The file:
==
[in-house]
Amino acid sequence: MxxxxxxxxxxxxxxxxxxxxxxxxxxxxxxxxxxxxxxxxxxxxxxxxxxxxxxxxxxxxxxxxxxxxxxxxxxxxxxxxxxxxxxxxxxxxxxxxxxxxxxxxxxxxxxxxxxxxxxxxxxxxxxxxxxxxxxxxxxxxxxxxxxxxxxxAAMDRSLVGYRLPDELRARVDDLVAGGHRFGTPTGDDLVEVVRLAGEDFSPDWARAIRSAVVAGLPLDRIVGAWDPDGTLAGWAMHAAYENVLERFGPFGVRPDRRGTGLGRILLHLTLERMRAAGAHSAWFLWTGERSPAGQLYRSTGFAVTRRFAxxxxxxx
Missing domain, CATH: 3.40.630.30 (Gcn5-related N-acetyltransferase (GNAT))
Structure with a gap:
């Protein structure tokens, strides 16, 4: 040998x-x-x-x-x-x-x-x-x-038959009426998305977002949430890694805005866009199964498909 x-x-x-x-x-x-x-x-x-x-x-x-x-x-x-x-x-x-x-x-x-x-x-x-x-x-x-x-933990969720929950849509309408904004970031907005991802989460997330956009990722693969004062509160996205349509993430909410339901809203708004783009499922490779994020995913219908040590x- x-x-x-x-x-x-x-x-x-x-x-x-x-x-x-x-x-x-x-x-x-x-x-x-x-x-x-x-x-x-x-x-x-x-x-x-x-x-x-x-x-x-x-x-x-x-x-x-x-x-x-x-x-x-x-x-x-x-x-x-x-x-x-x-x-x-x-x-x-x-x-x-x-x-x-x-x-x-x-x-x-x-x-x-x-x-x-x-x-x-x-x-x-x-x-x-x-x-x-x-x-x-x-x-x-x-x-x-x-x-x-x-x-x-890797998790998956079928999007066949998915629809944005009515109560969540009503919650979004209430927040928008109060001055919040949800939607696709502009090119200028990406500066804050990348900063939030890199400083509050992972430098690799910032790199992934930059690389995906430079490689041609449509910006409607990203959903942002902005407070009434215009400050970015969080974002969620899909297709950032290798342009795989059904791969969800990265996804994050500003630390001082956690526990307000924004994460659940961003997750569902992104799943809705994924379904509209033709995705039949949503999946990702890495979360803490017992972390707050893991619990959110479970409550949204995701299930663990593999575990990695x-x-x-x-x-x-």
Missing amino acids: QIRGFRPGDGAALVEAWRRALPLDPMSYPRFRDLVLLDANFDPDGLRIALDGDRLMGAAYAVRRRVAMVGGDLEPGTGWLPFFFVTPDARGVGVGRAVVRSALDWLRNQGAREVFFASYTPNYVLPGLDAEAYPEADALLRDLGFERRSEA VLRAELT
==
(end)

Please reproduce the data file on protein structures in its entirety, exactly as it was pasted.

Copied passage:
[in-house]
Amino acid sequence: MxxxxxxxxxxxxxxxxxxxxxxxxxxxxxxxxxxxxxxxxxxxxxxxxxxxxxxxxxxxxxxxxxxxxxxxxxxxxxxxxxxxxxxxxxxxxxxxxxxxxxxxxxxxxxxxxxxxxxxxxxxxxxxxxxxxxxxxxxxxxxxxxxxxxxxxAAMDRSLVGYRLPDELRARVDDLVAGGHRFGTPTGDDLVEVVRLAGEDFSPDWARAIRSAVVAGLPLDRIVGAWDPDGTLAGWAMHAAYENVLERFGPFGVRPDRRGTGLGRILLHLTLERMRAAGAHSAWFLWTGERSPAGQLYRSTGFAVTRRFAxxxxxxx
Missing domain, CATH: 3.40.630.30 (Gcn5-related N-acetyltransferase (GNAT))
Structure with a gap:
């Protein structure tokens, strides 16, 4: 040998x-x-x-x-x-x-x-x-x-038959009426998305977002949430890694805005866009199964498909 x-x-x-x-x-x-x-x-x-x-x-x-x-x-x-x-x-x-x-x-x-x-x-x-x-x-x-x-933990969720929950849509309408904004970031907005991802989460997330956009990722693969004062509160996205349509993430909410339901809203708004783009499922490779994020995913219908040590x- x-x-x-x-x-x-x-x-x-x-x-x-x-x-x-x-x-x-x-x-x-x-x-x-x-x-x-x-x-x-x-x-x-x-x-x-x-x-x-x-x-x-x-x-x-x-x-x-x-x-x-x-x-x-x-x-x-x-x-x-x-x-x-x-x-x-x-x-x-x-x-x-x-x-x-x-x-x-x-x-x-x-x-x-x-x-x-x-x-x-x-x-x-x-x-x-x-x-x-x-x-x-x-x-x-x-x-x-x-x-x-x-x-x-890797998790998956079928999007066949998915629809944005009515109560969540009503919650979004209430927040928008109060001055919040949800939607696709502009090119200028990406500066804050990348900063939030890199400083509050992972430098690799910032790199992934930059690389995906430079490689041609449509910006409607990203959903942002902005407070009434215009400050970015969080974002969620899909297709950032290798342009795989059904791969969800990265996804994050500003630390001082956690526990307000924004994460659940961003997750569902992104799943809705994924379904509209033709995705039949949503999946990702890495979360803490017992972390707050893991619990959110479970409550949204995701299930663990593999575990990695x-x-x-x-x-x-």
Missing amino acids: QIRGFRPGDGAALVEAWRRALPLDPMSYPRFRDLVLLDANFDPDGLRIALDGDRLMGAAYAVRRRVAMVGGDLEPGTGWLPFFFVTPDARGVGVGRAVVRSALDWLRNQGAREVFFASYTPNYVLPGLDAEAYPEADALLRDLGFERRSEA VLRAELT